There are no FLORIDA POLITICIANS supporting “Your Second Amendment Rights”

Now that we have your attention, please continue.

This past legislative season saw several gun bills described as Second Amendment bills. Now, with the campaigns for Governor and Agriculture Commissioner taking shape, the “defenders” of the Second Amendment are heralding their bona fides.  Adam Putnam in particular has featured his “pro Second Amendment” stance in his social media ads. Putnam  touts his tenure as Ag Commissioner and the increase in CCW permits issued during this time. As for CCW’s, they are personal choices and not a function of who is Ag Commissioner. It just so happens the legislature has assigned this function to the Department of Agriculture. We looked for bills he introduced as a federal congressman that would roll back federal infringements on the Second Amendment and found none. But enough about Mr. Putnam.

Let’s deal with those gun bills in the recent legislative session. The “pro” gun bills if you will, had nothing to do with the Second Amendment. They were expansions of Article 1 Section 8 of the Florida Declaration of Rights in our state constitution. That document empowers the legislature to address the manner in which the bearing of arms  may be implemented. Open carry is an A1 S8 of the Florida constitution, Declaration of Rights issue, not a 2A issue. Campus carry, same thing. It is the Florida legislature, not the federal government prohibiting the open carry of firearms and the carrying of firearms on campus. Unfortunately, the term “Second Amendment” has become a generic marketing ploy for all things pro firearms. Along the way the meaning, purpose and prohibitions of the amendment have gotten watered down and forgotten. The truth is there’s more marketing going on here than actual substance.

The Second Amendment as written is a prohibition on the federal government. In creating the Bill of Rights, the framers, life and death familiar with the threat of standing armies, wanted to make sure the new government they were creating could not infringe upon the rights of citizens to be armed. (This right was recognized in the sovereign states prior to the creation of  the voluntary union.) Armed you see, because they not only believed in the natural right of self defense, but they also knew that local militias, comprised of armed citizens would be the only bulwark against an out of control central government with a standing army. As Rob Natelson explains in “The Original Constitution, What it Said and Meant” (page 175): ” The activity prohibited was to “infringe.” The meaning of infringe in eighteenth century dictionaries was to violate a law or contract. A few sources gave a second meaning of “destroy,” which would imply that the amendment interdicted only legislation that completely destroyed the right. However, most dictionaries defined “infringe” to include intrusions less than total destruction. This suggests that it breached the Second Amendment to reduce in any way the right to keep and bear arms.”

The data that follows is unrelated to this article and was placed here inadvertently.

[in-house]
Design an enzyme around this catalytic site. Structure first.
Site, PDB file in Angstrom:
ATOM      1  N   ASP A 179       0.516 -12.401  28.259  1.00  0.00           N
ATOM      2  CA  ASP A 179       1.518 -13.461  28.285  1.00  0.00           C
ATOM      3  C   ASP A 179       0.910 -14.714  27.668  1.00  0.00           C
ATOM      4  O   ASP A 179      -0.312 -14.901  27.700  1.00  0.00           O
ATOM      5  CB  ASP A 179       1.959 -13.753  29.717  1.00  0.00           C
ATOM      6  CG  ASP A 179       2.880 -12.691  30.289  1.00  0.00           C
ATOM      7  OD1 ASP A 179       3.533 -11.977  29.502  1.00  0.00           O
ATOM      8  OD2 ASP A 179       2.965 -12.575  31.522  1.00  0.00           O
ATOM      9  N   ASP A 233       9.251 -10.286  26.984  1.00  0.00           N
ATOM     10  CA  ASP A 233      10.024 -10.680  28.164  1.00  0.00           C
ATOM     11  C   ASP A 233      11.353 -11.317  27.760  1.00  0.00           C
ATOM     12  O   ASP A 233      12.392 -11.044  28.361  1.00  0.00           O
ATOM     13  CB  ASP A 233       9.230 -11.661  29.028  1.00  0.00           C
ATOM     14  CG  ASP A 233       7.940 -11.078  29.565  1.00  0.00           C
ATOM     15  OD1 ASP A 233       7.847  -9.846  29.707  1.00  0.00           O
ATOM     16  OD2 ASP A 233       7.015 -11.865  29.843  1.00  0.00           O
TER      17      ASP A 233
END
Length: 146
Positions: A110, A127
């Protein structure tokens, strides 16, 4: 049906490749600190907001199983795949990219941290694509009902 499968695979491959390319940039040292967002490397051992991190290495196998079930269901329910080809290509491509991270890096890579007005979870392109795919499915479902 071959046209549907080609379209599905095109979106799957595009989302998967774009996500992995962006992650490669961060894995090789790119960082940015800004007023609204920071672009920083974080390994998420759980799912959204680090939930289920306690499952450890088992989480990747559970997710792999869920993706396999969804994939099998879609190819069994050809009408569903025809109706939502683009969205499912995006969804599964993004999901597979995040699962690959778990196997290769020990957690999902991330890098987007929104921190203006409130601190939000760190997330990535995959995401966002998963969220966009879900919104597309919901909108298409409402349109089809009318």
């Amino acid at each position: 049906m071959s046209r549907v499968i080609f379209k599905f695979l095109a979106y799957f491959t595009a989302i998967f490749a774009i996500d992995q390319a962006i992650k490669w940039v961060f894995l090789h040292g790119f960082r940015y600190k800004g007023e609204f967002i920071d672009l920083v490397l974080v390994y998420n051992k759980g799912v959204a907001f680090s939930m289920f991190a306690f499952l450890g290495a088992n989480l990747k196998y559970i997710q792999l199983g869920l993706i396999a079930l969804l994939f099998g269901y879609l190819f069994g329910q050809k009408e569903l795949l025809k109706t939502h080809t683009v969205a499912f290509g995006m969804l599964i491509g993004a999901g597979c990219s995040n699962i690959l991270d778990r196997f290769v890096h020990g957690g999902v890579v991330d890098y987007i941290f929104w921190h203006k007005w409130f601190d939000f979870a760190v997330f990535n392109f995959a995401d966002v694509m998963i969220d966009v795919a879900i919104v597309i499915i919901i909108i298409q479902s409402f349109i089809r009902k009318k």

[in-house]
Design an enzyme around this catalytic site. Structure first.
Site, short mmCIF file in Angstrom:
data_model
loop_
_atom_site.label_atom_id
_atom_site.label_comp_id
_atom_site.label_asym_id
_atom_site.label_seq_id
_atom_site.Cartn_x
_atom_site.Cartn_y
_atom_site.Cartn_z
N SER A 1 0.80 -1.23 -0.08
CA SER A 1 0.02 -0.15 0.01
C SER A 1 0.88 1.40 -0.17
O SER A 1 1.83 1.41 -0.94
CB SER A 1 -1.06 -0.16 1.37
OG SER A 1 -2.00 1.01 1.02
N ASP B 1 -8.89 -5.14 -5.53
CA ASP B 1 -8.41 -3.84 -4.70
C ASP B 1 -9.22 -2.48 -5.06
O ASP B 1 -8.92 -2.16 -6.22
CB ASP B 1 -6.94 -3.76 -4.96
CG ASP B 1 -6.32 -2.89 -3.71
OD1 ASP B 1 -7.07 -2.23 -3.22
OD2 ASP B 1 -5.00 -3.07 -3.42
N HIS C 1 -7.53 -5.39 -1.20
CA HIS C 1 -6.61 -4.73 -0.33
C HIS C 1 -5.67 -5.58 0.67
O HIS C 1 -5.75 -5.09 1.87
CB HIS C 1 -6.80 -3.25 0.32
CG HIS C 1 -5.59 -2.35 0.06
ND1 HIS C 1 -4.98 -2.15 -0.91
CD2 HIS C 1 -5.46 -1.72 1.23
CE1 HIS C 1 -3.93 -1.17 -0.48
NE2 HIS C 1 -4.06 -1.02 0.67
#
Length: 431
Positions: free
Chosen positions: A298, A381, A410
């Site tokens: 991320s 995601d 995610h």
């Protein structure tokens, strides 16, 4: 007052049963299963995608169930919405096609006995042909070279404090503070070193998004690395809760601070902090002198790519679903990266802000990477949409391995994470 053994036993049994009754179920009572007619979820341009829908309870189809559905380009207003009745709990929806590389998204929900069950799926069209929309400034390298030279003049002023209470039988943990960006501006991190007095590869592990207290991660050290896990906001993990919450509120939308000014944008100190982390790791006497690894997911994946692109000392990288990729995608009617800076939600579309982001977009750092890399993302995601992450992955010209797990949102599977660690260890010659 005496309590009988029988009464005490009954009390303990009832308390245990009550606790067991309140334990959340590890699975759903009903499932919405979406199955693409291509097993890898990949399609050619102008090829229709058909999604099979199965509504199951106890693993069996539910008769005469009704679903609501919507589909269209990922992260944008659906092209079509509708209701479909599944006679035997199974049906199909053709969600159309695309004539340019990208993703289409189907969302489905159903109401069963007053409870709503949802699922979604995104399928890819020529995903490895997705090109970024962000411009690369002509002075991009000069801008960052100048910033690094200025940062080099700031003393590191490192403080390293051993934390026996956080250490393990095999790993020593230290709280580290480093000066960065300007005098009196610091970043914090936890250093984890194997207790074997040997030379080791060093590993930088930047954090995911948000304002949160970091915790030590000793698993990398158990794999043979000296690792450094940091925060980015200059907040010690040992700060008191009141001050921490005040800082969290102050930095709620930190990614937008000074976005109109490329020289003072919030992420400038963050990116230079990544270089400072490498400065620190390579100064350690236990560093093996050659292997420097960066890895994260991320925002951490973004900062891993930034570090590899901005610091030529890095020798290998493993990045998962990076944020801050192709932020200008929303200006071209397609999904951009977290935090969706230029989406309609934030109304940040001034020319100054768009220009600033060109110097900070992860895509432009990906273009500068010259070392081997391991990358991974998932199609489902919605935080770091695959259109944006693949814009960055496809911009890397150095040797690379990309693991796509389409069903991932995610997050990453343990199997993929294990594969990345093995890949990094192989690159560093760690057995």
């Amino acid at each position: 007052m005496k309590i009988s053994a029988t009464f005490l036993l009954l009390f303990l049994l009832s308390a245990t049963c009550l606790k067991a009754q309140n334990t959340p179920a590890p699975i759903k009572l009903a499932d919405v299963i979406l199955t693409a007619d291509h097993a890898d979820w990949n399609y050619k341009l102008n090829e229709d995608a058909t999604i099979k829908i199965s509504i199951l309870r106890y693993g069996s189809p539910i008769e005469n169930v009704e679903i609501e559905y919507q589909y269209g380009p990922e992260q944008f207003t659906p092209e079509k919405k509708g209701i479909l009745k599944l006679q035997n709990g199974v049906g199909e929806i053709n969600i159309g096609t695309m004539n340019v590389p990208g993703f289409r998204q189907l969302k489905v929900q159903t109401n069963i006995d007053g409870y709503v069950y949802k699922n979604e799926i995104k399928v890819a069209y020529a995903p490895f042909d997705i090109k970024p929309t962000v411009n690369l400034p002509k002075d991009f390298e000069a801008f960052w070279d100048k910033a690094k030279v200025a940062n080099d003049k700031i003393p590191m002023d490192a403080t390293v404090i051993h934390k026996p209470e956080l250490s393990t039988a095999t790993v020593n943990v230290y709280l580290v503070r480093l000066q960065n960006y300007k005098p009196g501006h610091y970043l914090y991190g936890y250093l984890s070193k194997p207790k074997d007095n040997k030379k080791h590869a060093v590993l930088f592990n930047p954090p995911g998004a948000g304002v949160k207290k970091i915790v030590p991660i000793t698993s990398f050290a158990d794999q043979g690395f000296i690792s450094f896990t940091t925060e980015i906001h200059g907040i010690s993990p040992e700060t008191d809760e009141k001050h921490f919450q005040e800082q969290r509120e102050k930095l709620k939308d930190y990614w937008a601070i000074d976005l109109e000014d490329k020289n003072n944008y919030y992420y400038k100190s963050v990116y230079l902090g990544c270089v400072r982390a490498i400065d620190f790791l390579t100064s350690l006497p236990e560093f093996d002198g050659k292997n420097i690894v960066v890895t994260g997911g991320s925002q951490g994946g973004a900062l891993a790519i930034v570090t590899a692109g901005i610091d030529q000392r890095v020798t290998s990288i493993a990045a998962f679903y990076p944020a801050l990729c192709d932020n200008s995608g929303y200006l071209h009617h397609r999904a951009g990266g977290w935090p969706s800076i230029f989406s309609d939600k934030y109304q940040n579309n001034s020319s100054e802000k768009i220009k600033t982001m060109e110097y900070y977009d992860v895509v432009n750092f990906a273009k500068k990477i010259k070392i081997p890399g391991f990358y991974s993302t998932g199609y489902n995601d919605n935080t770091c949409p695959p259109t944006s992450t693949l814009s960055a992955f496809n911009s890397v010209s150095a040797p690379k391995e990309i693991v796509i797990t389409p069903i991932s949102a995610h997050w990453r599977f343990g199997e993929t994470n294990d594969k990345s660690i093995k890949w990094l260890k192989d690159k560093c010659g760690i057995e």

With that in mind, it is easy to see the federal government has been infringing on the right to keep and bear arms since it determined that sawed off shotguns are illegal and automatic fire weapons require a federal permit. Going back to the  National Firearms Act of 1934, the central government has continuously been re-defining the words the Second Amendment. The federals reduced this unlimited right to a privilege and they dole out this privilege in doses with which they feel the people can be trusted. Even Justice Antonin Scalia, considered by gun people to be a hero said this regarding the Second Amendment-It will have to be decided in future cases what limitations upon the right to bear arms are permissible,” he added. “Some undoubtedly are.”